Grant County Member Story: New Ideas for a New Year
As this new year begins, Grant County Family Literacy Services (GCFLS) is growing and regrouping with the changes and challenges of the pandemic. “We're going through a transition stage right now and starting kind of new,” shares Marlene Klein, Treasurer of GCFLS, a literacy organization in existence since 1994.
They gained ideas from staff and other rural programs, during Wisconsin Literacy’s virtual meetings and trainings. “It kind of inspired me,” said Marlene as they plan for board director retirements from their all-volunteer run organization.
“We don't have all the bells and whistles that come with living in a big city. We're rural,” shares Marlene. They began their work with Even Start, a federally funded education program to give low-income families access to training and support to create a literate home environment.
They hope to expand community partnerships to help people most in need. They are exploring partnerships with local libraries and county jails. In addition to these new partnerships, they will continue their long-term relationship with Southwest Wisconsin Technical College.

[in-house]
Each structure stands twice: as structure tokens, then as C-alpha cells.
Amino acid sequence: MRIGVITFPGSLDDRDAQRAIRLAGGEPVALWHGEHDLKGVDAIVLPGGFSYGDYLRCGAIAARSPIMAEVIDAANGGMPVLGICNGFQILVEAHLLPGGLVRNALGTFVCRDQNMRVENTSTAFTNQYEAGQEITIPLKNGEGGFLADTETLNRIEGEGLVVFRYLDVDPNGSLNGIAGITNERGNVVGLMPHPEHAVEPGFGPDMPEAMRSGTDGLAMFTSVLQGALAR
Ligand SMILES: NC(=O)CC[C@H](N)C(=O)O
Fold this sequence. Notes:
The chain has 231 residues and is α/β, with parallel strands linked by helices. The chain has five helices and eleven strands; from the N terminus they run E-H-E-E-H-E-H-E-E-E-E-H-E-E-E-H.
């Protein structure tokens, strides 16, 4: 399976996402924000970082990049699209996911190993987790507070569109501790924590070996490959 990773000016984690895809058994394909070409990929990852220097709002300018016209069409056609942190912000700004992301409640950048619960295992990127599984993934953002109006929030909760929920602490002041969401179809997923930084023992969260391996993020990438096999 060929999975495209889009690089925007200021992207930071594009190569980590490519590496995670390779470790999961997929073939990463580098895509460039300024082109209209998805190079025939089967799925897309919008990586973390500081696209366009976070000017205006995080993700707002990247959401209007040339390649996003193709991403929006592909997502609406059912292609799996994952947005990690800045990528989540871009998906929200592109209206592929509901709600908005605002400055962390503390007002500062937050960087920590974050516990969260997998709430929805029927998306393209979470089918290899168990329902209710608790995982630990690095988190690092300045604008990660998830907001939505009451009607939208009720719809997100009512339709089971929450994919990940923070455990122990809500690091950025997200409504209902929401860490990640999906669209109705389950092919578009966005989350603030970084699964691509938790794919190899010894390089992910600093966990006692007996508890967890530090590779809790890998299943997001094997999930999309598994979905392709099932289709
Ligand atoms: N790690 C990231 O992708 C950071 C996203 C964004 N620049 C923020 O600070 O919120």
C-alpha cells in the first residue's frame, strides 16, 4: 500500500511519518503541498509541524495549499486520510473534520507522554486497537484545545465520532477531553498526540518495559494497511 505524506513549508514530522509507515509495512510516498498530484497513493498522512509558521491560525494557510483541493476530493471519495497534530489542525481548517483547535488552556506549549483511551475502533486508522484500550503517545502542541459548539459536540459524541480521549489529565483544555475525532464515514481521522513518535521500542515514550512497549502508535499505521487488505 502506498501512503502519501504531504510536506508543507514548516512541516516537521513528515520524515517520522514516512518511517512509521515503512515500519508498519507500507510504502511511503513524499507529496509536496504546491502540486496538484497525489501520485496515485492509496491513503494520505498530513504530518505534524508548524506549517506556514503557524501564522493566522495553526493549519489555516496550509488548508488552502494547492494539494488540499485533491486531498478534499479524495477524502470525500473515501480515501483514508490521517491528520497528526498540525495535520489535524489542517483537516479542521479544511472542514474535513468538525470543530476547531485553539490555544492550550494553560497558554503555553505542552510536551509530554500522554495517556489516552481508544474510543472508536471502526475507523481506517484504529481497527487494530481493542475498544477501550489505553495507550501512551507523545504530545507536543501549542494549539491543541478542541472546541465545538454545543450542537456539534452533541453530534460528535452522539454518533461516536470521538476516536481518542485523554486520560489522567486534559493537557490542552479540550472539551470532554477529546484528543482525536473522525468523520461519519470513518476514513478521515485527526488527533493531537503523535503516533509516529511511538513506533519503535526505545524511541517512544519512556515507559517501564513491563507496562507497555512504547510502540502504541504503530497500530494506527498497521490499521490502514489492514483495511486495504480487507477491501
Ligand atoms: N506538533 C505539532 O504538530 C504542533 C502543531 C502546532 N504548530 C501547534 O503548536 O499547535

With support from Wisconsin Literacy, GCFLS can give each learner their own materials to write-in and take home. For Marlene, “It’s fun to be able to say ‘Here’s your book - use it!’ You get so much more out of it when you can actually interact with the material.” These books from Wisconsin Literacy help GCFLS maximize the impact of their small budget.
They are teaching an increasing number of high school students who won’t graduate traditionally, but want to get their GED. Marlene stated, “This semester we have been bombarded with these under 18 students who we get contracts from the high schools to get their GED. They're high functioning and can get their GED. The online classes weren't for them, and they just fell through the cracks.”
Grant County Literacy Council has been there to help them get that important credential.